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From: Ross Olson
Sent: Tuesday, February 10, 2015
To: Editor Star Tribune (opinion{at}
Subject: Consensus Science

In an article focusing on genetically altered crops, Fred Hiatt makes passing reference to scientific consensus. ("Science, values, consensus, denial -- all tumbling through the American hopper" Star Tribune, 2/9/2015).

Although it is the hope of most scientists that that their work be duplicated, confirmed and accepted, consensus is not the test of scientific truth. Indeed, a scientific conclusion is always potentially open to challenge. Consensus that suppresses challenge is actually counterproductive.

Ignaz Semmelweis in 1847 demonstrated that physician hand washing, especially after visits to the morgue, dramatically reduced maternal and fetal deaths from "fevers." The consensus of his colleagues was that it was nonsense and they even refused to test his simple procedure. He died in an insane asylum at age 47, probably heart-broken.

One area of consensus that I have studied extensively is the origin of life. Although Darwinian evolution has countless problems in hypothesizing continuous increase in complexity of living/reproducing cellular organisms (in opposition to the direction of all measurable natural processes,) the origin of the first cell does not even have a plausible theoretical mechanism.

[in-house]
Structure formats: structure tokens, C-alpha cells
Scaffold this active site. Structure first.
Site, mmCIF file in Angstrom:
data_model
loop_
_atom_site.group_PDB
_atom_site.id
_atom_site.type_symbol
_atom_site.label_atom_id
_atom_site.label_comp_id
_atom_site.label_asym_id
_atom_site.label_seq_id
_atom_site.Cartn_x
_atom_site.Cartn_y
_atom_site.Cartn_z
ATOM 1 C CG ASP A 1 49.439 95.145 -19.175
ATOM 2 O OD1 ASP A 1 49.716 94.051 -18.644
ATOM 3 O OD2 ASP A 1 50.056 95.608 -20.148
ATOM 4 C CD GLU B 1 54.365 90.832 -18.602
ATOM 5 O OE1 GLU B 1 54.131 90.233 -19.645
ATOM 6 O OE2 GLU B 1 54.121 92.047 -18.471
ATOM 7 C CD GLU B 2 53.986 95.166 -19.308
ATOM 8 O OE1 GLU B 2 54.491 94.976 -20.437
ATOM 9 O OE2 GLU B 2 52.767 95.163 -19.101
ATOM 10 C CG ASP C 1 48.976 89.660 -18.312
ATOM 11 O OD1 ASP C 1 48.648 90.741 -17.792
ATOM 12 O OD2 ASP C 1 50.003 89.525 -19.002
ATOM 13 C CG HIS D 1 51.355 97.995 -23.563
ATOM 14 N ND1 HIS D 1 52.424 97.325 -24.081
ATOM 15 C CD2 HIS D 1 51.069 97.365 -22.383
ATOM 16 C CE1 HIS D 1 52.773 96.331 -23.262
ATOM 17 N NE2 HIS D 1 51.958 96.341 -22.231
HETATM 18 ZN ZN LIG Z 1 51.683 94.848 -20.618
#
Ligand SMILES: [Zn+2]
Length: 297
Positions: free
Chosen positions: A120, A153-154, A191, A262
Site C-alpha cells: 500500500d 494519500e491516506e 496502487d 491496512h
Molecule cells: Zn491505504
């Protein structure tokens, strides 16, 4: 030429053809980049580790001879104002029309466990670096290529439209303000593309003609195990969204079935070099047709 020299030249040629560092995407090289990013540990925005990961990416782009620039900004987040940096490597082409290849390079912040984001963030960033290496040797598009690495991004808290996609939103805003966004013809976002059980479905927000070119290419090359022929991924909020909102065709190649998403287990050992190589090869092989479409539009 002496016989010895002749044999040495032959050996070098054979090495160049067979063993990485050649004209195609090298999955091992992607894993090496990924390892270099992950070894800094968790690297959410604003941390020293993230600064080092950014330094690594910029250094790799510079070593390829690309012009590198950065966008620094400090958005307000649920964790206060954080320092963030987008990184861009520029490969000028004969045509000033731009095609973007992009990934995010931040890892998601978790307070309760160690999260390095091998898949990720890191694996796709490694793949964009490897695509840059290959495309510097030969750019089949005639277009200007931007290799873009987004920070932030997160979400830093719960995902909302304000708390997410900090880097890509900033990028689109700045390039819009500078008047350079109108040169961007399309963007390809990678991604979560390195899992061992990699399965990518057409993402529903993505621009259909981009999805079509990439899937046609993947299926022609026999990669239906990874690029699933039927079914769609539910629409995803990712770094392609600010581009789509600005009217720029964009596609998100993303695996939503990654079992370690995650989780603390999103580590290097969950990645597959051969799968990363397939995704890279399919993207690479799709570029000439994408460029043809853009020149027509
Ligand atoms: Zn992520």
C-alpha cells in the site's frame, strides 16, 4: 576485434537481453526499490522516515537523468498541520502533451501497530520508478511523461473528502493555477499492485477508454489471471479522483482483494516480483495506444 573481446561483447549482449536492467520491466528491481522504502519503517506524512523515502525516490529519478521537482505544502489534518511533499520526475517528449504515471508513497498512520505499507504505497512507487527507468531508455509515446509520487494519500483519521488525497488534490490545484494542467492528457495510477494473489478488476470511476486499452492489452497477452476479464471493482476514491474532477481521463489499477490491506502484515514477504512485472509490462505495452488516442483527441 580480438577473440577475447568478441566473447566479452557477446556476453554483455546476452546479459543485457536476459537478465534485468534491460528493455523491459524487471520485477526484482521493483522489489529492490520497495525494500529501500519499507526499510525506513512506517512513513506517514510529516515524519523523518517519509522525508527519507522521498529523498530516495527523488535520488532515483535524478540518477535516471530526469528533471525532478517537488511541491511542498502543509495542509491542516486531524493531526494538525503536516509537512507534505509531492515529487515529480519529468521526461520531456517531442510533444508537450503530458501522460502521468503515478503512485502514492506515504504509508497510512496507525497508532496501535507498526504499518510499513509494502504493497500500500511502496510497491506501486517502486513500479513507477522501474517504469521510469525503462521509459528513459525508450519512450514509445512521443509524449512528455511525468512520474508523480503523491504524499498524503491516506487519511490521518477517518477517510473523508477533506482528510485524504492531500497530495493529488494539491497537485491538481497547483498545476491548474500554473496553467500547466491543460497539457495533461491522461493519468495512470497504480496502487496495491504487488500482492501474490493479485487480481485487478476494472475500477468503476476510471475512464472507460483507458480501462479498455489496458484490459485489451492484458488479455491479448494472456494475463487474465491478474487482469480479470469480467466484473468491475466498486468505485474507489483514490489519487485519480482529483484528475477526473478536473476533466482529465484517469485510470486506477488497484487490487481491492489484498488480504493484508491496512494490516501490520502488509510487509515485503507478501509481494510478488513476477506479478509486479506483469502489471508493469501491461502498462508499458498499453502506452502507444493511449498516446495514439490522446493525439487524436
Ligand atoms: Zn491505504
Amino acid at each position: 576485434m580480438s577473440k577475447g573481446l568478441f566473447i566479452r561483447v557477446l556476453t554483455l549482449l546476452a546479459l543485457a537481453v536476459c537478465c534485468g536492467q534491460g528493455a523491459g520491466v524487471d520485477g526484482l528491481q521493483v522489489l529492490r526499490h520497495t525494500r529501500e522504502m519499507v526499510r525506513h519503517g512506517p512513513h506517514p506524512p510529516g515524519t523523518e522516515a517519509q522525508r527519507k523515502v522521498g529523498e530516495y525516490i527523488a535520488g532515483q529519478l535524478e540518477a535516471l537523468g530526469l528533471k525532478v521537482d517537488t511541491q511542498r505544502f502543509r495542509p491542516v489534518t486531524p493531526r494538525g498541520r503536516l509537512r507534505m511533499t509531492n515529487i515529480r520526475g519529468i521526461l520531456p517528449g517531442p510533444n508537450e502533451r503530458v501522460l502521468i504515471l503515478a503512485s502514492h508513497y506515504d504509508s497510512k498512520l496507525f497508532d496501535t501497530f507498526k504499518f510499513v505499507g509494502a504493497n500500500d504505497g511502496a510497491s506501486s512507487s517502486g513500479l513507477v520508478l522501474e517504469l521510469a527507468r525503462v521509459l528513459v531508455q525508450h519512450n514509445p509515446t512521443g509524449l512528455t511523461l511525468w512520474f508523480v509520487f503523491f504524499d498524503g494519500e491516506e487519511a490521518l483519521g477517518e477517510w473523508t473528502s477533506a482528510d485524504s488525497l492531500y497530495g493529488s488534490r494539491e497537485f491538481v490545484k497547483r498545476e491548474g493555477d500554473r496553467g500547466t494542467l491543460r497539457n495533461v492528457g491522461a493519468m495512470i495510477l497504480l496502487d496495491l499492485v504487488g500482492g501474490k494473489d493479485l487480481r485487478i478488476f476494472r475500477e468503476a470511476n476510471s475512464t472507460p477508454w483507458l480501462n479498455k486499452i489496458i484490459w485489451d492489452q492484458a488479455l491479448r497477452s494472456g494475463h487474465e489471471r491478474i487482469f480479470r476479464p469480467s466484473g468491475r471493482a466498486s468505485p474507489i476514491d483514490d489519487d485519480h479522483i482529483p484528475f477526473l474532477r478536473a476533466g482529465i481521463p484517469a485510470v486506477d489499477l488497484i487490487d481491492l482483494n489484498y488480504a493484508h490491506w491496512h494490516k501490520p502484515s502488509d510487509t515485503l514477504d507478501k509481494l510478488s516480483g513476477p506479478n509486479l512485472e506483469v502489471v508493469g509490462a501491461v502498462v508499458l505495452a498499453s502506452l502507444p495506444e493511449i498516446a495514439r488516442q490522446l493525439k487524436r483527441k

Fred Hoyle likened it to the possibility of a tornado assembling a 747 by passing through a junk yard. But by limiting science to the search for natural explanations to natural phenomena -- a requirement that is neither scientifically not philosophically sound -- the "reality" of life from non-life has become accepted. (We see design in an arrowhead.) And further, any doubt of the spontaneous appearance and progress of life is punished by exclusion from the community of "reputable scientists." Thus the "experts" always agree with the ruling paradigm, because if they didn't, they would not qualify as experts.

What can the non scientist do to evaluate some of these claims? Since we are all familiar with propaganda, whether advertising or political ads, when a viewpoint answers criticism with character assassination and censors contrary conclusions, our antenna should be vibrating. The history of science is full of widely accepted errors.

Ross S. Olson MD
Richfield MN

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